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I have heard the ABC's of reloading is a good book to learn from but have never read it myself. For cleaning brass the easiest and fastest way I have found is to use a vribratory tumbler and crushed walnut. I buy the walnut at WalMart in the pet section. I add a cap full of Nu Finish car polish to help shine the cases and a paper towel cut into 10 or 12 pieces to help keep the media clean. Where are you located? If you lived close enough to somebody here most here would be happy to help you get started and get the press running. Welcome,
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Old May 3, 2008, 12:14 PM   #10
M1AFan
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Thanks for all the info. guys. I live in Gloucester, Va.

I have a Lyman tumbler and use different types of media. This is one thing I actually understood. I use some Lyman Cob Green, but also have crushed Walnut and corn cob I picked up from Walmart and Petsmart. The Lyman green and crushed Walnut works the best for the brass I have. The brass is pretty dirty from being on an outdoor range.

I actually need a second preferably larger tumbler if anyone could recommend one. I got close to 7000 rounds of free once fired brass in various handgun calibers from the department I work for. Since we do alot of shooting I can get this pretty regular.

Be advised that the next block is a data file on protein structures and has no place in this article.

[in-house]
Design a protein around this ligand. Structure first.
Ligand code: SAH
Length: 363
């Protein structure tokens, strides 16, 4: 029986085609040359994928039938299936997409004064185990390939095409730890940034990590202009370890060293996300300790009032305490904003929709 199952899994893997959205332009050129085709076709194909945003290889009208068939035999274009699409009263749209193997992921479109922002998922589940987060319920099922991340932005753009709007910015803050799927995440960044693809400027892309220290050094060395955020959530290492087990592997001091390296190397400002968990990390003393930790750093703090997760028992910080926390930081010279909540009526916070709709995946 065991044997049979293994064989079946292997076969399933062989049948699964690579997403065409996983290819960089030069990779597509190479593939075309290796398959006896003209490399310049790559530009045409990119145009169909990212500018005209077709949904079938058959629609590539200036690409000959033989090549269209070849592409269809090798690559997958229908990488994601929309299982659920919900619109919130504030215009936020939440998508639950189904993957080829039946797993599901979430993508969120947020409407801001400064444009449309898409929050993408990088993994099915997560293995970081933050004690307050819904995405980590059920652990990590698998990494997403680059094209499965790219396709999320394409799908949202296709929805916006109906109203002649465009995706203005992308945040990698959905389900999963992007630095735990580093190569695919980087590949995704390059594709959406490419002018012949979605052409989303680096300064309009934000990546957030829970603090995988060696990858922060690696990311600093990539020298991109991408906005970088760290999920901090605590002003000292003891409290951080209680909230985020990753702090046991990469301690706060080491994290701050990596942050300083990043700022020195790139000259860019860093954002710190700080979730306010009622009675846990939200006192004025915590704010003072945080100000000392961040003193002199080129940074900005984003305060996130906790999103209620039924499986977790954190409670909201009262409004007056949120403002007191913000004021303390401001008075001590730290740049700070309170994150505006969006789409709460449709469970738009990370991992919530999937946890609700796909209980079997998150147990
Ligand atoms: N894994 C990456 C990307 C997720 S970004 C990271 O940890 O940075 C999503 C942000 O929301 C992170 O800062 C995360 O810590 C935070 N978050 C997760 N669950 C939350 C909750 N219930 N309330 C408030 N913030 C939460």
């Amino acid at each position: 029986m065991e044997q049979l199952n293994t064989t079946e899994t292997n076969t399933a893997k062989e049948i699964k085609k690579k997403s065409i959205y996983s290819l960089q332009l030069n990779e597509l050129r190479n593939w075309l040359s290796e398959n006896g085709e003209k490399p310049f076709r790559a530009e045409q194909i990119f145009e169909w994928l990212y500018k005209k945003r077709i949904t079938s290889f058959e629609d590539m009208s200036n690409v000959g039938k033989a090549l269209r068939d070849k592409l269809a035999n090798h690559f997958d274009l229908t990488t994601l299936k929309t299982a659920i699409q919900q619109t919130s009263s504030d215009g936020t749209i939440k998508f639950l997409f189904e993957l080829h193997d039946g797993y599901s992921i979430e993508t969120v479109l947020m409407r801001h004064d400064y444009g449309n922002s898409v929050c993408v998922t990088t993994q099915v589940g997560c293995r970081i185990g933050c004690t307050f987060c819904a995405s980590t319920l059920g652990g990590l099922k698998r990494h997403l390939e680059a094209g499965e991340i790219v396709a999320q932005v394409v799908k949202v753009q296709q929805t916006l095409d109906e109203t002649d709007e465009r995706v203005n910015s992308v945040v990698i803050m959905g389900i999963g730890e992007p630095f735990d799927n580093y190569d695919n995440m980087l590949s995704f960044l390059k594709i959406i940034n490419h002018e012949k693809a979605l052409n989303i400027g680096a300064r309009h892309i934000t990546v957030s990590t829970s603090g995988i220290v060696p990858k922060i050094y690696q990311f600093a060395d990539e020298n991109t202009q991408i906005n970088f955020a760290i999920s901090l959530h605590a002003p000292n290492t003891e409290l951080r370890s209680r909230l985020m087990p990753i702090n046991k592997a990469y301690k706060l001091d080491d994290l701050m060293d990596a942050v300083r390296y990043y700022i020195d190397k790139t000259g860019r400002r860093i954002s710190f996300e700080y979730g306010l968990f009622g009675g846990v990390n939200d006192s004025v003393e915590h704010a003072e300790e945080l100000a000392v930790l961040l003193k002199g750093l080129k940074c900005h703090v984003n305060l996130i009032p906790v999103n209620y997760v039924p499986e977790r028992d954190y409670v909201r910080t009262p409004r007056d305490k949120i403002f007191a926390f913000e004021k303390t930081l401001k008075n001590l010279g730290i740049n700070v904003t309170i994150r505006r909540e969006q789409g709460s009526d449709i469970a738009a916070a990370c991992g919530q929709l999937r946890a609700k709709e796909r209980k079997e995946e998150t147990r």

Again thanks for all the help and look forward to sharing my first goods loads once I'm ready and have some worked up.
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Old May 3, 2008, 01:51 PM   #11
CrustyFN
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I bought a Cabela's tumbler a while back and really like it. It is a lot quieter than my old tumbler and light weight. It is a high capacity, will hold 650 38 spcl cases. I think they have it for around $44.
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Old May 3, 2008, 01:52 PM   #12
dmickey
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I use the Lyman 2500. It has the largest capacity. I also have a Midway tumbler (back when they sold it under their own name) but they no longer make the larger machine. If there is a larger tumbler I wish someone would let me know. I started with one that had a bowl the size of a half-gallon ice cream bucket. I believe the brand was Vibra teck (or something like that). Way too small! After that I have gone to the other extreme!